consumed. Slide 8

Vertical intercept:

Slope:

1

2

1

2

2

x

p

p

p

m

x ÷ =

2

p

m

2

1

p

p

÷

Intercepts:

Interpretation: measures how much of each good can

be obtained if only that good is consumed

To derive the vertical intercept, just set equal to

zero and solve for

To derive the horizontal intercept, just set equal to

zero and solve for

To derive the budget line, just connect these two

intercepts.

1

x

2

x

2

x

1

x

8/3/2009

11

Slope of the budget line:

Slope of budget line measures the rate at which

the market is willing to substitute good 1 for

good 2. If you consume more of good 1, you have

to give up some good 2 in order to satisfy your

budget constraint.

Suppose that the consumer is going to increase

consumption of good 1:

2 good of n cons' in change

1 good of n cons' in change

2

1

= A

= A

x

x

Budget line should be fulfilled before and

after changes in consumption:

this just indicates that the change in the total

value of consumption should be zero.

0

: yields second the from first the g subtractin

) ( ) (

2 2 1 1

2 2 2 1 1 1

2 2 1 1

= A + A

= + A + + A

= +

x p x p

m x x p x x p

m x p x p

8/3/2009

12

Solving for , the rate at which good 2 can

be substituted for good 1 while still satisfying the

budget constraint gives:

this is just the slope of the budget line

this is negative because and should

have opposite signs.

2

1

1

2

p

p

x

x

÷ =

A

A

1 2

x x A A

2

x A

1

x A

Slope of the budget line is also interpreted as the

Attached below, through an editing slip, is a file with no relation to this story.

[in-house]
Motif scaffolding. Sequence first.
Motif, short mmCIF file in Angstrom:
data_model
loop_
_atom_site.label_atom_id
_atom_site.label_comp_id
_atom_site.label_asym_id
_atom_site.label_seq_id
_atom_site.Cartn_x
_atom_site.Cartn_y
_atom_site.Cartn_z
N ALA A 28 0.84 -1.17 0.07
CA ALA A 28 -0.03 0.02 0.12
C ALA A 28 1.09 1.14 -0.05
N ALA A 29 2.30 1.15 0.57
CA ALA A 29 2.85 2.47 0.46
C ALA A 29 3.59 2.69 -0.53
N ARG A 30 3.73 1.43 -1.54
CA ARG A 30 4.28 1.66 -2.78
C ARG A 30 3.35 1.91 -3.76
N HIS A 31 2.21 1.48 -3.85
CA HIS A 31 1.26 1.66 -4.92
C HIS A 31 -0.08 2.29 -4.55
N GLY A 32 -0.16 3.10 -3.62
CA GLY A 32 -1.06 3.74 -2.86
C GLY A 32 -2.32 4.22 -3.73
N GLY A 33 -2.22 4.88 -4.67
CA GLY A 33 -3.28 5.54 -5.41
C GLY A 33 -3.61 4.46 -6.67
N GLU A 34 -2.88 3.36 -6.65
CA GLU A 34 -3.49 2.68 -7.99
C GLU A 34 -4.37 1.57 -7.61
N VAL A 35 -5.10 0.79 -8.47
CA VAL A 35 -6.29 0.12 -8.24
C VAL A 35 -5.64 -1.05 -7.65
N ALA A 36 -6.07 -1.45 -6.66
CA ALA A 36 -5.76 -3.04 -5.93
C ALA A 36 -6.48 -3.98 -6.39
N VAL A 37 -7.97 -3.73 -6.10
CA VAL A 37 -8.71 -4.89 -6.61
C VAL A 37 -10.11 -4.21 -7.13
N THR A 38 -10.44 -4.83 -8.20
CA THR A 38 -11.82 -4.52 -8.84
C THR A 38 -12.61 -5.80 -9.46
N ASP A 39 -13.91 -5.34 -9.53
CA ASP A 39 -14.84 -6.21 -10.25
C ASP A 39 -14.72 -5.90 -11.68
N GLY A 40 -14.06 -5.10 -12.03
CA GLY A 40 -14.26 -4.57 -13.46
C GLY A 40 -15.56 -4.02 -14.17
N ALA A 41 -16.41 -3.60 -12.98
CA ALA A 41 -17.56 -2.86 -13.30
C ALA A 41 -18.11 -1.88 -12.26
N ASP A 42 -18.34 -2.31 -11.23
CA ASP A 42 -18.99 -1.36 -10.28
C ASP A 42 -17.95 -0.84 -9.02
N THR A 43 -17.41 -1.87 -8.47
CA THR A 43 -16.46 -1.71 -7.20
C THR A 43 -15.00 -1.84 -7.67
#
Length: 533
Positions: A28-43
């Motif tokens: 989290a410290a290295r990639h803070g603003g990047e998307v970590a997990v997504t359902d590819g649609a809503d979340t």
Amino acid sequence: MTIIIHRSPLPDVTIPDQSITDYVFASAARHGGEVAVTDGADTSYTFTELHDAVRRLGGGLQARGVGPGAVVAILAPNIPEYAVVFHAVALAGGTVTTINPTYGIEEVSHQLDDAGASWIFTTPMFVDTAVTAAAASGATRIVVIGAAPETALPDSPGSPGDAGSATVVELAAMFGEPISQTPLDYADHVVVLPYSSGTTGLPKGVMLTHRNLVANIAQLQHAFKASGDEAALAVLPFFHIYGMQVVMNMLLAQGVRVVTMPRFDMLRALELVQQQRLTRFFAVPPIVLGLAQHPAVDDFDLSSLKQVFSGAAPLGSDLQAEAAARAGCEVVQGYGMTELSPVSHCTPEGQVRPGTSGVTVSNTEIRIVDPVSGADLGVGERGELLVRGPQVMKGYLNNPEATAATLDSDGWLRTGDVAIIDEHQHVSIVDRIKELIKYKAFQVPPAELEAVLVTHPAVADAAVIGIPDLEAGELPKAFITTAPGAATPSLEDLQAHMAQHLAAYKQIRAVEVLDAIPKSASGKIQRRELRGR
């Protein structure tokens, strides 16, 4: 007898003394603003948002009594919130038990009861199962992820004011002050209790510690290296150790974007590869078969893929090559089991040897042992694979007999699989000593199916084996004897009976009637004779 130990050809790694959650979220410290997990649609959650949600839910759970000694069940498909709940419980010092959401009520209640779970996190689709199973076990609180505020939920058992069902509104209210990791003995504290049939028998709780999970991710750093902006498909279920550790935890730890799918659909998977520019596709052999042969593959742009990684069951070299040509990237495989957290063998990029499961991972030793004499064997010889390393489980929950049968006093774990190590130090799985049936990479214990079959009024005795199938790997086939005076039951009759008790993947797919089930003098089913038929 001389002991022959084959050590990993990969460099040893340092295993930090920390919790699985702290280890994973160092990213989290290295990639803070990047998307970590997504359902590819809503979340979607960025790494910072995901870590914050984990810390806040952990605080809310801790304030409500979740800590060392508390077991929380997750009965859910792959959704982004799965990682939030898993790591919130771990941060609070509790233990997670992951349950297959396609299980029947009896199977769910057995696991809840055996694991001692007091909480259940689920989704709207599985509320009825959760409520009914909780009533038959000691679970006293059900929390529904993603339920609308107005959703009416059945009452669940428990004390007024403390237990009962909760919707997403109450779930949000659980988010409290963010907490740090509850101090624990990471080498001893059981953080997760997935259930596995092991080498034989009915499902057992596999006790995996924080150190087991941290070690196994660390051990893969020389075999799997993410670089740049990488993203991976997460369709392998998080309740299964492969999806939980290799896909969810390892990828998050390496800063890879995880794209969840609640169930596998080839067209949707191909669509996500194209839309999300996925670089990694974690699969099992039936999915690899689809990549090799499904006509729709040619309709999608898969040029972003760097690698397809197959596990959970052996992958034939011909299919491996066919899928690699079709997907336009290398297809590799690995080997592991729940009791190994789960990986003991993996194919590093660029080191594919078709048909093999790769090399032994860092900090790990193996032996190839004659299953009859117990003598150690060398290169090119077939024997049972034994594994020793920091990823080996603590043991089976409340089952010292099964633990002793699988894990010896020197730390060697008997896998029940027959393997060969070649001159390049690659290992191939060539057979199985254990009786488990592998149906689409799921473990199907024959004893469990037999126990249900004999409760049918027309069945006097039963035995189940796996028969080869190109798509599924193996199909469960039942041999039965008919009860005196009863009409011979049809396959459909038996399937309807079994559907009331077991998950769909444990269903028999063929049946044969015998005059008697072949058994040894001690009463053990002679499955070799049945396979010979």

opportunity cost of consuming good 1. In order to

consume more of good 1, you have to give up some

consumption of good 2.

The true cost of economic cost of more good 1 is the

opportunity to consume more of good 2, and it is the

slope of the budget line.

8/3/2009

13

For n = 2 and x

1

on the horizontal axis,

the constraint’s slope is -p

1

/p

2

. What

does it mean?

Increasing x

1

by 1 must reduce x

2

by

p

1

/p

2.

2

1

2

1

2

p

m

x

p

p

x + ÷ =

x

2

x

1

Slope is -p

1

/p

2

+1

-p

1

/p

2

8/3/2009

14

x

2

x

1

+1

-p

1

/p

2

Opp. cost of an extra unit of

commodity 1 is p

1

/p

2

units

foregone of commodity 2.

x

2

x

1

Opp. cost of an extra unit of

commodity 1 is p

1

/p

2

units

foregone of commodity 2. And

the opp. cost of an extra

unit of commodity 2 is

p

2

/p

1

units foregone

of commodity 1.

-p

2

/p

1

+1

8/3/2009

15

Income changes

An increase in income will change m and

not the slope.

An increase in income - parallel shift

outward of the budget line, thereby

increasing the budget set

A decrease in income - parallel inward shift

of the budget line, thereby decreasing the

budget set

To draw the new curve, just derive the new

intercepts and then connect the lines again.

Original

budget set

x

2

x

1

8/3/2009

16

Original

budget set

New affordable consumption

choices

x

2

x

1

Original and

new budget

constraints are

parallel (same

slope).

Original

budget set

x

2

x

1

8/3/2009

17

x

2

x

1

New, smaller

budget set

Consumption bundles

that are no longer

affordable.

Old and new

constraints

are parallel.

No original choice is lost and new choices

are added when income increases, so higher

income cannot make a consumer worse off.

An income decrease may (typically will)

make the consumer worse off.

8/3/2009

18

Price changes

Changes in prices will result in changes in the

slope of the budget line

Case 1: Price of one good decreases, price of

good 2 and income are constant.